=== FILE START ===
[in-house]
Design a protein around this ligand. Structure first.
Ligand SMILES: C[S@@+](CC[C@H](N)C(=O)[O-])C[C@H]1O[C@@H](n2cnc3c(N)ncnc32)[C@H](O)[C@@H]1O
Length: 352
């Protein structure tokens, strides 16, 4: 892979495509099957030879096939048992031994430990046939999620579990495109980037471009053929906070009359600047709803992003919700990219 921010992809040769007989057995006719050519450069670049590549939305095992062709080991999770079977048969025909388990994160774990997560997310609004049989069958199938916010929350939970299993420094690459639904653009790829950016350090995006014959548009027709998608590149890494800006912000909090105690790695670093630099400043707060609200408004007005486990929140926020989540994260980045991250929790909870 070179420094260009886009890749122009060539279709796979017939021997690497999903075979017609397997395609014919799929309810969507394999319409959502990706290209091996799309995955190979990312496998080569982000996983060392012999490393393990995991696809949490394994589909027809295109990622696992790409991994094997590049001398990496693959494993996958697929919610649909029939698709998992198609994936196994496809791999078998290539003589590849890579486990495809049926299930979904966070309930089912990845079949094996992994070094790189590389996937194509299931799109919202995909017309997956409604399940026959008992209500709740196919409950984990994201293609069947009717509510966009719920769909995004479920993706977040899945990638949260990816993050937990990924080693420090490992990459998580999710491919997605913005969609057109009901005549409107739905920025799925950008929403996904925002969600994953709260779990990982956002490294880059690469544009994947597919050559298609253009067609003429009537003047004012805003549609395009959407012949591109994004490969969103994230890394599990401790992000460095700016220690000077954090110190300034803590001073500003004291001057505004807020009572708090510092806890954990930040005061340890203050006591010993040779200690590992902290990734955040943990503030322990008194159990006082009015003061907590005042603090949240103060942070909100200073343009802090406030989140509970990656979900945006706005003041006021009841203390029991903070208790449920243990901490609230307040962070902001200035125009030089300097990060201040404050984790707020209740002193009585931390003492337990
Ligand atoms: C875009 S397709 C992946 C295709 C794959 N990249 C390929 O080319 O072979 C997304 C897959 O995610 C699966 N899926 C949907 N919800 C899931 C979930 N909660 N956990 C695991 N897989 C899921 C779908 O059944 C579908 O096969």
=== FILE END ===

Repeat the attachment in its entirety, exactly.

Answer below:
[in-house]
Design a protein around this ligand. Structure first.
Ligand SMILES: C[S@@+](CC[C@H](N)C(=O)[O-])C[C@H]1O[C@@H](n2cnc3c(N)ncnc32)[C@H](O)[C@@H]1O
Length: 352
């Protein structure tokens, strides 16, 4: 892979495509099957030879096939048992031994430990046939999620579990495109980037471009053929906070009359600047709803992003919700990219 921010992809040769007989057995006719050519450069670049590549939305095992062709080991999770079977048969025909388990994160774990997560997310609004049989069958199938916010929350939970299993420094690459639904653009790829950016350090995006014959548009027709998608590149890494800006912000909090105690790695670093630099400043707060609200408004007005486990929140926020989540994260980045991250929790909870 070179420094260009886009890749122009060539279709796979017939021997690497999903075979017609397997395609014919799929309810969507394999319409959502990706290209091996799309995955190979990312496998080569982000996983060392012999490393393990995991696809949490394994589909027809295109990622696992790409991994094997590049001398990496693959494993996958697929919610649909029939698709998992198609994936196994496809791999078998290539003589590849890579486990495809049926299930979904966070309930089912990845079949094996992994070094790189590389996937194509299931799109919202995909017309997956409604399940026959008992209500709740196919409950984990994201293609069947009717509510966009719920769909995004479920993706977040899945990638949260990816993050937990990924080693420090490992990459998580999710491919997605913005969609057109009901005549409107739905920025799925950008929403996904925002969600994953709260779990990982956002490294880059690469544009994947597919050559298609253009067609003429009537003047004012805003549609395009959407012949591109994004490969969103994230890394599990401790992000460095700016220690000077954090110190300034803590001073500003004291001057505004807020009572708090510092806890954990930040005061340890203050006591010993040779200690590992902290990734955040943990503030322990008194159990006082009015003061907590005042603090949240103060942070909100200073343009802090406030989140509970990656979900945006706005003041006021009841203390029991903070208790449920243990901490609230307040962070902001200035125009030089300097990060201040404050984790707020209740002193009585931390003492337990
Ligand atoms: C875009 S397709 C992946 C295709 C794959 N990249 C390929 O080319 O072979 C997304 C897959 O995610 C699966 N899926 C949907 N919800 C899931 C979930 N909660 N956990 C695991 N897989 C899921 C779908 O059944 C579908 O096969």